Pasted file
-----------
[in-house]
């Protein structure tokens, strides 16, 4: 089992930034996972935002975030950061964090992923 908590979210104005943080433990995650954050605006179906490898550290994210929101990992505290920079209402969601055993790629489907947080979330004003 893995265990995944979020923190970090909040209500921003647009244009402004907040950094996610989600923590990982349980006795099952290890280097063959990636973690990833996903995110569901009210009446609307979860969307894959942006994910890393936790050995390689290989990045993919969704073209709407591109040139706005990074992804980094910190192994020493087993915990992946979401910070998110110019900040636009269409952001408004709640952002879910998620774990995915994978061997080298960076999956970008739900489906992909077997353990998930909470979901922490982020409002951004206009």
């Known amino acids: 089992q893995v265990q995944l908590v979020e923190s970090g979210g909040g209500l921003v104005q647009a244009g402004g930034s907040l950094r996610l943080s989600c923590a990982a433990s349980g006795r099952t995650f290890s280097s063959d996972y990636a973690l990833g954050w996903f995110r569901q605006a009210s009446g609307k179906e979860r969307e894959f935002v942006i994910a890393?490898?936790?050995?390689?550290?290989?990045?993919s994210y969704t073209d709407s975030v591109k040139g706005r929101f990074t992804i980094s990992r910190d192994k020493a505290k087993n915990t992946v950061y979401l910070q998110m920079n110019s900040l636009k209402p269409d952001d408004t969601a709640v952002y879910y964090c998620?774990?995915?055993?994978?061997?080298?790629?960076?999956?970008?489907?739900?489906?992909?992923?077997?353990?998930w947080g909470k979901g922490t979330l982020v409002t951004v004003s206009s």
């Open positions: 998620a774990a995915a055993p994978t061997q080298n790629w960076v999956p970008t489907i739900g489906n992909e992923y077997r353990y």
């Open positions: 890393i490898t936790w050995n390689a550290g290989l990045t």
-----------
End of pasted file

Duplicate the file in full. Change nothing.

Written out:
[in-house]
């Protein structure tokens, strides 16, 4: 089992930034996972935002975030950061964090992923 908590979210104005943080433990995650954050605006179906490898550290994210929101990992505290920079209402969601055993790629489907947080979330004003 893995265990995944979020923190970090909040209500921003647009244009402004907040950094996610989600923590990982349980006795099952290890280097063959990636973690990833996903995110569901009210009446609307979860969307894959942006994910890393936790050995390689290989990045993919969704073209709407591109040139706005990074992804980094910190192994020493087993915990992946979401910070998110110019900040636009269409952001408004709640952002879910998620774990995915994978061997080298960076999956970008739900489906992909077997353990998930909470979901922490982020409002951004206009």
């Known amino acids: 089992q893995v265990q995944l908590v979020e923190s970090g979210g909040g209500l921003v104005q647009a244009g402004g930034s907040l950094r996610l943080s989600c923590a990982a433990s349980g006795r099952t995650f290890s280097s063959d996972y990636a973690l990833g954050w996903f995110r569901q605006a009210s009446g609307k179906e979860r969307e894959f935002v942006i994910a890393?490898?936790?050995?390689?550290?290989?990045?993919s994210y969704t073209d709407s975030v591109k040139g706005r929101f990074t992804i980094s990992r910190d192994k020493a505290k087993n915990t992946v950061y979401l910070q998110m920079n110019s900040l636009k209402p269409d952001d408004t969601a709640v952002y879910y964090c998620?774990?995915?055993?994978?061997?080298?790629?960076?999956?970008?489907?739900?489906?992909?992923?077997?353990?998930w947080g909470k979901g922490t979330l982020v409002t951004v004003s206009s």
């Open positions: 998620a774990a995915a055993p994978t061997q080298n790629w960076v999956p970008t489907i739900g489906n992909e992923y077997r353990y």
């Open positions: 890393i490898t936790w050995n390689a550290g290989l990045t």